One interesting observation from our tests is that streetlights appeared as bright points of light at the top of our camera feed. When far enough in the distance, we could use them as navigational beacons, akin to sailors navigating by the stars. Nevermind if all around you is darkness – simply keep the streetlight steady in your field of view, and you’ll be driving straight and true! Having this tool to hand helped offset the lack of a heading indicator or compass.

Vision from the TKIRV rover while driving down the footpath. Motion blur was a major problem, making it difficult to drive for more than a few seconds at a time.

This rover is plagued by a major vibration problem with the video. This was particularly pronounced at night, with our vision becoming a blurry mess when bouncing along the footpath. However, drone video is a thing, and investing in an expensive but effective 3-axis gimbal is a solution we’ll test on future versions.

Cameras Have Adjustments for a Reason

Changing camera settings made it much easier to see what we were doing. More lights are still probably in order, though.

Once we made it to the football oval, it was still difficult to spot the goals from the perimeter fence due to our limited view. Some tinkering with the camera settings at this point greatly improved things. Increasing the brightness allowed us much better vision of where we were. Better control of these adjustments should be added to future revisions of the control setup.

We also need to add battery conditions to the data stream. Without a readout of the battery’s level of charge, we had no idea how much power we had left in the tank. Cruising across the grass at high speed was power-hungry work, and we began to experience dropouts in our telemetry link.

This led to us considering further improvements to the power system. By using a separate power source for the control hardware and the drive motors, excessive current draw from the motor would no longer be able to sever our command and control link as the batteries ran down. In spite of our valiant efforts to press on, we could no longer fight the inevitable death of our batteries. After the fourth low-voltage reboot, I elected to end the mission, reportedly somewhere around the 50 meter line.

A Valuable Learning Experience

Overall, while we were unsuccessful in reaching our primary goal, the lessons learned were invaluable for the future of the project. We now have a laundry list of upgrades in addition to the development of the solar power system.

We’re champing at the bit to get the vehicle ready for its next adventure and can’t wait to once again settle into the command chair. Expect to hear more tales in the future from the exciting adventures of TKIRV!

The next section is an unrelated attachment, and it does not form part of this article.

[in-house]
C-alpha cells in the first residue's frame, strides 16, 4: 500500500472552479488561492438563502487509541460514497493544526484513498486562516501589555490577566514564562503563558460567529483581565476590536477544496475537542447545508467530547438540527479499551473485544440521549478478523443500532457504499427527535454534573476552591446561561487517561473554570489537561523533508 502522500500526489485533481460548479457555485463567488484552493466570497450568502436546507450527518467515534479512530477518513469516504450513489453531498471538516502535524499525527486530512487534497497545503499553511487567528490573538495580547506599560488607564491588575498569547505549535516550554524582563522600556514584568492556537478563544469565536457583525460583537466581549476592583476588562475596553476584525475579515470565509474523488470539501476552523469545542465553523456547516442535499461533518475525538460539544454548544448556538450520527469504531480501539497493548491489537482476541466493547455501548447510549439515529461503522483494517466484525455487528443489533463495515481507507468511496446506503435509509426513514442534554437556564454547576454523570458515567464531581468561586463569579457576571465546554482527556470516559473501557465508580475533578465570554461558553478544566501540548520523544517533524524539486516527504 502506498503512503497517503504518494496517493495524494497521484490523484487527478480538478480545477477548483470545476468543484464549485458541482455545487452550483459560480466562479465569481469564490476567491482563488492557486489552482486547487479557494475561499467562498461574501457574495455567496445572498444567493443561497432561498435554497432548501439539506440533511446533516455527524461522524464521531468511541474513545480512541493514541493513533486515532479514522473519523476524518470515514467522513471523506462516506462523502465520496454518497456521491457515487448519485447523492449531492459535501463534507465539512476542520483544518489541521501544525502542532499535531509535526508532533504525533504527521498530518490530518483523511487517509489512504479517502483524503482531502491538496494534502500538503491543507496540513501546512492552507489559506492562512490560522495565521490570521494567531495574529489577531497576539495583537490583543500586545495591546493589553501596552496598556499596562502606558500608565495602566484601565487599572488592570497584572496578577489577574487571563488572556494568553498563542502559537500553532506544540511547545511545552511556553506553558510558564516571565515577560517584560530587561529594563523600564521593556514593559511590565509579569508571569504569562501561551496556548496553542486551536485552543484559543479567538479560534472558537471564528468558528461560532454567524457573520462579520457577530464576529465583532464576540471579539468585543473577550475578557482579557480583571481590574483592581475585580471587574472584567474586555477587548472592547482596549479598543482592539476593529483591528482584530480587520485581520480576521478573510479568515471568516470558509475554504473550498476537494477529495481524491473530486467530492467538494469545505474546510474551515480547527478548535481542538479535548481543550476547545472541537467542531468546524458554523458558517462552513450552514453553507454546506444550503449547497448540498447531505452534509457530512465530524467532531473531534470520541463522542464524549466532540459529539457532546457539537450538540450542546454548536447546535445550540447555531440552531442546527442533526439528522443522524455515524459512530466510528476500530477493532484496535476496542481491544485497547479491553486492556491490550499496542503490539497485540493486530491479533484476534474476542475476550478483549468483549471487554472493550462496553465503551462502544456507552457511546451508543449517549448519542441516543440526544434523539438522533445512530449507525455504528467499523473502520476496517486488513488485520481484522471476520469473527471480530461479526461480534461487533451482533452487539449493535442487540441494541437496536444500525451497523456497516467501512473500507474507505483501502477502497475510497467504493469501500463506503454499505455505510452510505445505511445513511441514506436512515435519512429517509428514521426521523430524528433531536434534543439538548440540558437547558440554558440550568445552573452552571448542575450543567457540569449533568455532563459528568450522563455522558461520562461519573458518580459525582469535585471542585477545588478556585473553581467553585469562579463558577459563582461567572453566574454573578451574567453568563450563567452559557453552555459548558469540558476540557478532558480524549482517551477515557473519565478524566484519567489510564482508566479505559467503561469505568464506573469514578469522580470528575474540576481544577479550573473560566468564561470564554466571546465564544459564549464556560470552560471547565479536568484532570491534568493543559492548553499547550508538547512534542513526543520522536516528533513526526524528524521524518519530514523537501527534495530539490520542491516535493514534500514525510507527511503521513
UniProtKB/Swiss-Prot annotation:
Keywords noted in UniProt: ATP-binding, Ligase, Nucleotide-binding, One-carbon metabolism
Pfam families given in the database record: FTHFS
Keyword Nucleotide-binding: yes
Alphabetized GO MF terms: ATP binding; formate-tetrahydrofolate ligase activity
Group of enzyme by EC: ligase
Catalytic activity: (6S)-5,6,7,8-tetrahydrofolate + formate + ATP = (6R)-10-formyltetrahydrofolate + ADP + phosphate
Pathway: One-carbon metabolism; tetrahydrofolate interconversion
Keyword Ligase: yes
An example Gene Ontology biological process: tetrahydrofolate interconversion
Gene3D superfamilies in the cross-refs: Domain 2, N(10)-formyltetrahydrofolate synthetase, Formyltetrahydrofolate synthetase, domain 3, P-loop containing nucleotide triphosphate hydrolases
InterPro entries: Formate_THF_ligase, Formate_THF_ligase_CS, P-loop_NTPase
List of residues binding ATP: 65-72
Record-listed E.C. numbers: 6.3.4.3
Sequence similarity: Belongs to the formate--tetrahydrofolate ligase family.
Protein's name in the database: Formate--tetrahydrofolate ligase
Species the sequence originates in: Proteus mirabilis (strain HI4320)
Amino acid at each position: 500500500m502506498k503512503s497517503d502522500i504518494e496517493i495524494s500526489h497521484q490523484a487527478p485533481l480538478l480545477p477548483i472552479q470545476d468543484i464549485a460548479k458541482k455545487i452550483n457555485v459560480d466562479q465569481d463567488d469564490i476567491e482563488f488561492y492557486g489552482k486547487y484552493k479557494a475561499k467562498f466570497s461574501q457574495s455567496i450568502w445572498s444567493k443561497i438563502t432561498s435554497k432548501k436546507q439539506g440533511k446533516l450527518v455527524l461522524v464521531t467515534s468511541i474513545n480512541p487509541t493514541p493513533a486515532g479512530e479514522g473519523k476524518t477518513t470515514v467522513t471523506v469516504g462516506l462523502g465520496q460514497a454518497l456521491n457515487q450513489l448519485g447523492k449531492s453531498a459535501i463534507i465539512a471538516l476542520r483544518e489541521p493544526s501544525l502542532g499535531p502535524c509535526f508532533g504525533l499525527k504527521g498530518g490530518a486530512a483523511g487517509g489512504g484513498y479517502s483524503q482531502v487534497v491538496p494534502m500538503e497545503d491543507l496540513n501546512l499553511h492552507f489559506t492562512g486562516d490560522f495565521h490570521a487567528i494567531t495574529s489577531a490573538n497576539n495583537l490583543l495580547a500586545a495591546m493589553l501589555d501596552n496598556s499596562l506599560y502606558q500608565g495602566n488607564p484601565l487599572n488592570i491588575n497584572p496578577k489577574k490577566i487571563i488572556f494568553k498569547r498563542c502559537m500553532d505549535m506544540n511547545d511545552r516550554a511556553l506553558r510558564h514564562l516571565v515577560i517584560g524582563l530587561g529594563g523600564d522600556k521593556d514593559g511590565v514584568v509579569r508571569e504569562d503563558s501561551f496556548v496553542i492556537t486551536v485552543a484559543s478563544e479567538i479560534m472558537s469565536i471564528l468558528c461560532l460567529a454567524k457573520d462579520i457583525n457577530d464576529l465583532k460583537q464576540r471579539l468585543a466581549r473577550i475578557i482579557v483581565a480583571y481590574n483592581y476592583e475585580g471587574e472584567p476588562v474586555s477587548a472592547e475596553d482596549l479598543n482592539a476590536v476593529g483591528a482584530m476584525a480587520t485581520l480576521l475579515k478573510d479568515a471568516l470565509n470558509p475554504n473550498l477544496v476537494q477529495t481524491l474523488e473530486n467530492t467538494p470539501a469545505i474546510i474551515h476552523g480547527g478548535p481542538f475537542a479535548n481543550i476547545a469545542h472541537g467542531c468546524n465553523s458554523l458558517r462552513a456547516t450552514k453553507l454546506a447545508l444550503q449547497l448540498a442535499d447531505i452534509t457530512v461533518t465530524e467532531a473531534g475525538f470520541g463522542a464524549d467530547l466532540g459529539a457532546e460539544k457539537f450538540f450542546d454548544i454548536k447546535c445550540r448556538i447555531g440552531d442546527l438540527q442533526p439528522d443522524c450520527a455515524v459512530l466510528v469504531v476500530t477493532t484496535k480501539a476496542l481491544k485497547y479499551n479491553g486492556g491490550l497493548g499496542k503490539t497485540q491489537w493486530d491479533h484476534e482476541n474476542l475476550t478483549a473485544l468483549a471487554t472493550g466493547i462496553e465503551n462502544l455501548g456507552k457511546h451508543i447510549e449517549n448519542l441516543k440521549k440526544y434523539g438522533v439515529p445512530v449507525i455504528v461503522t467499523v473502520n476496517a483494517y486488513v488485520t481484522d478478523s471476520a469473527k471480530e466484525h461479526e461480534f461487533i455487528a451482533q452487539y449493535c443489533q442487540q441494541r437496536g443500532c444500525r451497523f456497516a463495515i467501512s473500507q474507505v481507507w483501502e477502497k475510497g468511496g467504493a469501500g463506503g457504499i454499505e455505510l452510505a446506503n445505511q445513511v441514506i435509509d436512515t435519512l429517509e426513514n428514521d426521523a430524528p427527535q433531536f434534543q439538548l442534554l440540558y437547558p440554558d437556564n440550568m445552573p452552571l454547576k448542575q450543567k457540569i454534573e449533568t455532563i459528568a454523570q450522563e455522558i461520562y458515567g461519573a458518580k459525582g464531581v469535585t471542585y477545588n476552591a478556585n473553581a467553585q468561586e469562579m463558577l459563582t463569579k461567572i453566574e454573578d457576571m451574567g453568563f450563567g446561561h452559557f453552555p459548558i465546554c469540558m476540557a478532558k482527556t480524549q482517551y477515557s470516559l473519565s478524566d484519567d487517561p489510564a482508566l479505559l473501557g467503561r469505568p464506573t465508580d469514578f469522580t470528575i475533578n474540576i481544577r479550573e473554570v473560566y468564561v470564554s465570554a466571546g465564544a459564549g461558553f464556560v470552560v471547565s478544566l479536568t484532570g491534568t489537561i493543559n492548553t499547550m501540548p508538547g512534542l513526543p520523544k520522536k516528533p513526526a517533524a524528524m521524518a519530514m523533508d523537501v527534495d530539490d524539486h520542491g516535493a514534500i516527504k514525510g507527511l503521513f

13 thoughts on “A 4G Rover And The Benefits Of A Shakedown Mission

  1. I distinctly remember having this same exact idea in 1997, although my idea was to use a REALLY long cable instead of anything wireless. Of course, I couldn’t afford anything back then, so I only had to wait 22 years to see my dream realized. Thanks.

    1. 1994, and I was trying to hack dialup modems into cordless phones so I could have a wireless rover to drive around the school hallways at night and freak out the janitorial staff. In retrospect there were so many things I didn’t understand about modems, but I wonder if I could make it work with what I know now!

      Hey Lewin, is there a potential for a “Second-chance projects decades later” series here? ;)

    1. I was thinking strobe the illumination only when the gyro says the camera is in its desired orientation. Let it wobble, who cares? Just control the light so it only “samples” the terrain when it’s passing through the level mark of each wobble.

        1. Steady cams don’t work that way. You can’t really mess too much with your sampling like that with video, as you need to be capturing a certain amount of frames per second at a regular pace.

    2. From the article:

      “This rover is plagued by a major vibration problem with the video. This was particularly pronounced at night, with our vision becoming a blurry mess when bouncing along the footpath. However, drone video is a thing, and investing in an expensive but effective 3-axis gimbal is a solution we’ll test on future versions.”

      It’s something I’m very eager to explore, as it would improve driveability immensely. Saving for parts as we speak!

  2. I’ve had a similar idea bouncing around in my brain for many years but never got around to it. But my plan was to turn it loose in some interesting place, like maybe a large national park or some remote place where you could drive it for miles over weeks or months.